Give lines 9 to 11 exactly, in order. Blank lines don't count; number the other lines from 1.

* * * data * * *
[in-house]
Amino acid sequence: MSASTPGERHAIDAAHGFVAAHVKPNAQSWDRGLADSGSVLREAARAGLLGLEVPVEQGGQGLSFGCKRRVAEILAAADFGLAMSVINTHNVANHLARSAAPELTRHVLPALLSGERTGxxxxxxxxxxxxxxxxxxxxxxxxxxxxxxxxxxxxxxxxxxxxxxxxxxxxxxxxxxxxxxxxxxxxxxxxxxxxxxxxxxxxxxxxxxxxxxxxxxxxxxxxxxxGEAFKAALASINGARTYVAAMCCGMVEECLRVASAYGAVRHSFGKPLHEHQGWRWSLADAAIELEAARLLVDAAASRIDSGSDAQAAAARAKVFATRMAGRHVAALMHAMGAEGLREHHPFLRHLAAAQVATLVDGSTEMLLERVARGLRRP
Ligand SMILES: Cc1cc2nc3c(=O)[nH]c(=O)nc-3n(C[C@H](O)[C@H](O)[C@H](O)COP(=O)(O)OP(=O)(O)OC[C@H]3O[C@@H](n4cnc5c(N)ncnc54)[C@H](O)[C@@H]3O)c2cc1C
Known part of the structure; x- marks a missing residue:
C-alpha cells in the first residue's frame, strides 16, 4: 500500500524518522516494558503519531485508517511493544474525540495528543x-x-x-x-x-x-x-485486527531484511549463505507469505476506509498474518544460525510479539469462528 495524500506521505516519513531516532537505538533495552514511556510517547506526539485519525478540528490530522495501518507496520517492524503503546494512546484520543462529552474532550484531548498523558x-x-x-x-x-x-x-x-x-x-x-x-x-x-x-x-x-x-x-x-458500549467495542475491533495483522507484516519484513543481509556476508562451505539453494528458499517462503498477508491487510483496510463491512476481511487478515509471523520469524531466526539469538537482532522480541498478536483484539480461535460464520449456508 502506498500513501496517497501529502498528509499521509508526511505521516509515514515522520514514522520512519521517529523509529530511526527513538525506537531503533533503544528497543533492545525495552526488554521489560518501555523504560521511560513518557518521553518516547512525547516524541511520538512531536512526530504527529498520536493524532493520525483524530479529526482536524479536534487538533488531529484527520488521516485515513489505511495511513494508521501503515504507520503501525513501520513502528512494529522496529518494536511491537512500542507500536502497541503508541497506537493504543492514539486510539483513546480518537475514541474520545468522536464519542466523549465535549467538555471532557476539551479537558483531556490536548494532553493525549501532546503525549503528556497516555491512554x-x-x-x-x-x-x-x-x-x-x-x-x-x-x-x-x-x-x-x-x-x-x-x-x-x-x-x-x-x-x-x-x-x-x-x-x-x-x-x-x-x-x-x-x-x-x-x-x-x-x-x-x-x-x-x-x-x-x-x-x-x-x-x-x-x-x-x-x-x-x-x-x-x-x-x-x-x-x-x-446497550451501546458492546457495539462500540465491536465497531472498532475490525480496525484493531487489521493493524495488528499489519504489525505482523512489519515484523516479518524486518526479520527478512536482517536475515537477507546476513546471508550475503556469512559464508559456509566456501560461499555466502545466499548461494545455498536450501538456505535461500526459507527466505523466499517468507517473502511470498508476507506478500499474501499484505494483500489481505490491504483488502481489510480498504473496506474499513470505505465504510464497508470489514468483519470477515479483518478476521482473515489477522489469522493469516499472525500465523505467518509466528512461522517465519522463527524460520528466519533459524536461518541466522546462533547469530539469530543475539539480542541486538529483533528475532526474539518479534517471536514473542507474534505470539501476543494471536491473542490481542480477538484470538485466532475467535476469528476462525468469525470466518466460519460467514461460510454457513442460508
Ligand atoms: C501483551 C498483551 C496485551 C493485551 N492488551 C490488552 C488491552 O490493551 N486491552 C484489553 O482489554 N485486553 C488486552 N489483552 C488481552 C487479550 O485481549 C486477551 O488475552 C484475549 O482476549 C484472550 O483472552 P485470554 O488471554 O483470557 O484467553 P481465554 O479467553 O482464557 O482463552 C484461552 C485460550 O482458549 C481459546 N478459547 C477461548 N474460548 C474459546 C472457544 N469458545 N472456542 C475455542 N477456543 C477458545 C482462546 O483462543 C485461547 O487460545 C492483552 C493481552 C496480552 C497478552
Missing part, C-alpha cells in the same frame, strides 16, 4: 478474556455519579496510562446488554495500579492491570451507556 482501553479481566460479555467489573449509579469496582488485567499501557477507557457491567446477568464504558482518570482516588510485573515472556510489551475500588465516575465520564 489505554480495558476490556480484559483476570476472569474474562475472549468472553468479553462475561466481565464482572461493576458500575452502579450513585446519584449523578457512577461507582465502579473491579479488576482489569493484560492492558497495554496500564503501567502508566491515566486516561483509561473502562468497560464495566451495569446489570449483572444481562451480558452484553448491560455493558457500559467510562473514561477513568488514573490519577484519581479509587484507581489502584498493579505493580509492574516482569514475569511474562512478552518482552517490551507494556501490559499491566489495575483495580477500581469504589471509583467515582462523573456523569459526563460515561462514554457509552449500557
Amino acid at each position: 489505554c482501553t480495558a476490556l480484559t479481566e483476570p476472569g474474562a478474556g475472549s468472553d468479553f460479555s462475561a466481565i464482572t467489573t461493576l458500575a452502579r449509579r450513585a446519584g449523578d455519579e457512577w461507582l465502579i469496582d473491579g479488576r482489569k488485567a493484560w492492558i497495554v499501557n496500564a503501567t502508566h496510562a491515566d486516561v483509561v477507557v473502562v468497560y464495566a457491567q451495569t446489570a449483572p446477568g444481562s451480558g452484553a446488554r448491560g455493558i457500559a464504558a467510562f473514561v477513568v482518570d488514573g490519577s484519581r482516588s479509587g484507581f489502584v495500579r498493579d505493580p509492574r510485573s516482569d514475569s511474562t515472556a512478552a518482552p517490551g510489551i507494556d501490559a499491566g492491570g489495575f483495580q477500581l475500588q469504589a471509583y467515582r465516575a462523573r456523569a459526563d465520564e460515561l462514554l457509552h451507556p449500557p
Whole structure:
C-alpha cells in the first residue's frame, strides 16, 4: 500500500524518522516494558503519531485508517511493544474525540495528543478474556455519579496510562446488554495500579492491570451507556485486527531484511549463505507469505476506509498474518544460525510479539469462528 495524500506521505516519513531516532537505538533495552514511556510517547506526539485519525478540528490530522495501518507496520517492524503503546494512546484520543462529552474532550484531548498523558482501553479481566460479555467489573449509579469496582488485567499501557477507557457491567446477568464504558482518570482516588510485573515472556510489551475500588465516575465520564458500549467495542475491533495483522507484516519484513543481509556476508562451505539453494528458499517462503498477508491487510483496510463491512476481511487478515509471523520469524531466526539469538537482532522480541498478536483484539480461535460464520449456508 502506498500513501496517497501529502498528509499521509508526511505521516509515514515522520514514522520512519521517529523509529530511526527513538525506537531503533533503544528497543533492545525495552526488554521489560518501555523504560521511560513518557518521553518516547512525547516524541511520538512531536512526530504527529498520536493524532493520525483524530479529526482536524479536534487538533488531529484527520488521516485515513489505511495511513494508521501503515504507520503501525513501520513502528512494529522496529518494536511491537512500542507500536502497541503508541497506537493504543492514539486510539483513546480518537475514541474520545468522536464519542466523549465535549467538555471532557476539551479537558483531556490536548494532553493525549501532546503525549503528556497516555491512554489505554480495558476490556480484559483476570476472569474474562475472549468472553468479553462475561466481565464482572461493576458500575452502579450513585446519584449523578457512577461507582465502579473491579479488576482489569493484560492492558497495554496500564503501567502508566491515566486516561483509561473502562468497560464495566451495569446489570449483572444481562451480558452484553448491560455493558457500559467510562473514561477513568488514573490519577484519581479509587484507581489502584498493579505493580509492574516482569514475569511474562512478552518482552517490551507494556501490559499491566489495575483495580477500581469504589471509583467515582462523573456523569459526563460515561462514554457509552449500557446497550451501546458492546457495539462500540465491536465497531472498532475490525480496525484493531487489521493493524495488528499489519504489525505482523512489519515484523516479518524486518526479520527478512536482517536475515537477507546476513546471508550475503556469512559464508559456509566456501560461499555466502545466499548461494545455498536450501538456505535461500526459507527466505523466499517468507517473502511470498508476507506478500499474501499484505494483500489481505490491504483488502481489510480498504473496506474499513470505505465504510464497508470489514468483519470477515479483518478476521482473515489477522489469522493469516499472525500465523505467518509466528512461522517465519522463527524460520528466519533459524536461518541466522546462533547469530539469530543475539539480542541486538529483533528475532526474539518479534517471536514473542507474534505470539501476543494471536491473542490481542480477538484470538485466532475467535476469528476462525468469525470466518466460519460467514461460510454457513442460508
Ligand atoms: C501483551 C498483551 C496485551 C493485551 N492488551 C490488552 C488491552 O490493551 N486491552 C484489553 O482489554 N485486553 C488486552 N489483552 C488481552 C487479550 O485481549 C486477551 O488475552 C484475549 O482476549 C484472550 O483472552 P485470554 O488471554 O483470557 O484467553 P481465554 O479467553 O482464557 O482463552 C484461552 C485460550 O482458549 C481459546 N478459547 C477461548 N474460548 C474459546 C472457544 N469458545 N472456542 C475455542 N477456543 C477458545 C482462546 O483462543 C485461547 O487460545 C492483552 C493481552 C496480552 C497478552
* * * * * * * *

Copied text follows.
Whole structure:
C-alpha cells in the first residue's frame, strides 16, 4: 500500500524518522516494558503519531485508517511493544474525540495528543478474556455519579496510562446488554495500579492491570451507556485486527531484511549463505507469505476506509498474518544460525510479539469462528 495524500506521505516519513531516532537505538533495552514511556510517547506526539485519525478540528490530522495501518507496520517492524503503546494512546484520543462529552474532550484531548498523558482501553479481566460479555467489573449509579469496582488485567499501557477507557457491567446477568464504558482518570482516588510485573515472556510489551475500588465516575465520564458500549467495542475491533495483522507484516519484513543481509556476508562451505539453494528458499517462503498477508491487510483496510463491512476481511487478515509471523520469524531466526539469538537482532522480541498478536483484539480461535460464520449456508 502506498500513501496517497501529502498528509499521509508526511505521516509515514515522520514514522520512519521517529523509529530511526527513538525506537531503533533503544528497543533492545525495552526488554521489560518501555523504560521511560513518557518521553518516547512525547516524541511520538512531536512526530504527529498520536493524532493520525483524530479529526482536524479536534487538533488531529484527520488521516485515513489505511495511513494508521501503515504507520503501525513501520513502528512494529522496529518494536511491537512500542507500536502497541503508541497506537493504543492514539486510539483513546480518537475514541474520545468522536464519542466523549465535549467538555471532557476539551479537558483531556490536548494532553493525549501532546503525549503528556497516555491512554489505554480495558476490556480484559483476570476472569474474562475472549468472553468479553462475561466481565464482572461493576458500575452502579450513585446519584449523578457512577461507582465502579473491579479488576482489569493484560492492558497495554496500564503501567502508566491515566486516561483509561473502562468497560464495566451495569446489570449483572444481562451480558452484553448491560455493558457500559467510562473514561477513568488514573490519577484519581479509587484507581489502584498493579505493580509492574516482569514475569511474562512478552518482552517490551507494556501490559499491566489495575483495580477500581469504589471509583467515582462523573456523569459526563460515561462514554457509552449500557446497550451501546458492546457495539462500540465491536465497531472498532475490525480496525484493531487489521493493524495488528499489519504489525505482523512489519515484523516479518524486518526479520527478512536482517536475515537477507546476513546471508550475503556469512559464508559456509566456501560461499555466502545466499548461494545455498536450501538456505535461500526459507527466505523466499517468507517473502511470498508476507506478500499474501499484505494483500489481505490491504483488502481489510480498504473496506474499513470505505465504510464497508470489514468483519470477515479483518478476521482473515489477522489469522493469516499472525500465523505467518509466528512461522517465519522463527524460520528466519533459524536461518541466522546462533547469530539469530543475539539480542541486538529483533528475532526474539518479534517471536514473542507474534505470539501476543494471536491473542490481542480477538484470538485466532475467535476469528476462525468469525470466518466460519460467514461460510454457513442460508
Ligand atoms: C501483551 C498483551 C496485551 C493485551 N492488551 C490488552 C488491552 O490493551 N486491552 C484489553 O482489554 N485486553 C488486552 N489483552 C488481552 C487479550 O485481549 C486477551 O488475552 C484475549 O482476549 C484472550 O483472552 P485470554 O488471554 O483470557 O484467553 P481465554 O479467553 O482464557 O482463552 C484461552 C485460550 O482458549 C481459546 N478459547 C477461548 N474460548 C474459546 C472457544 N469458545 N472456542 C475455542 N477456543 C477458545 C482462546 O483462543 C485461547 O487460545 C492483552 C493481552 C496480552 C497478552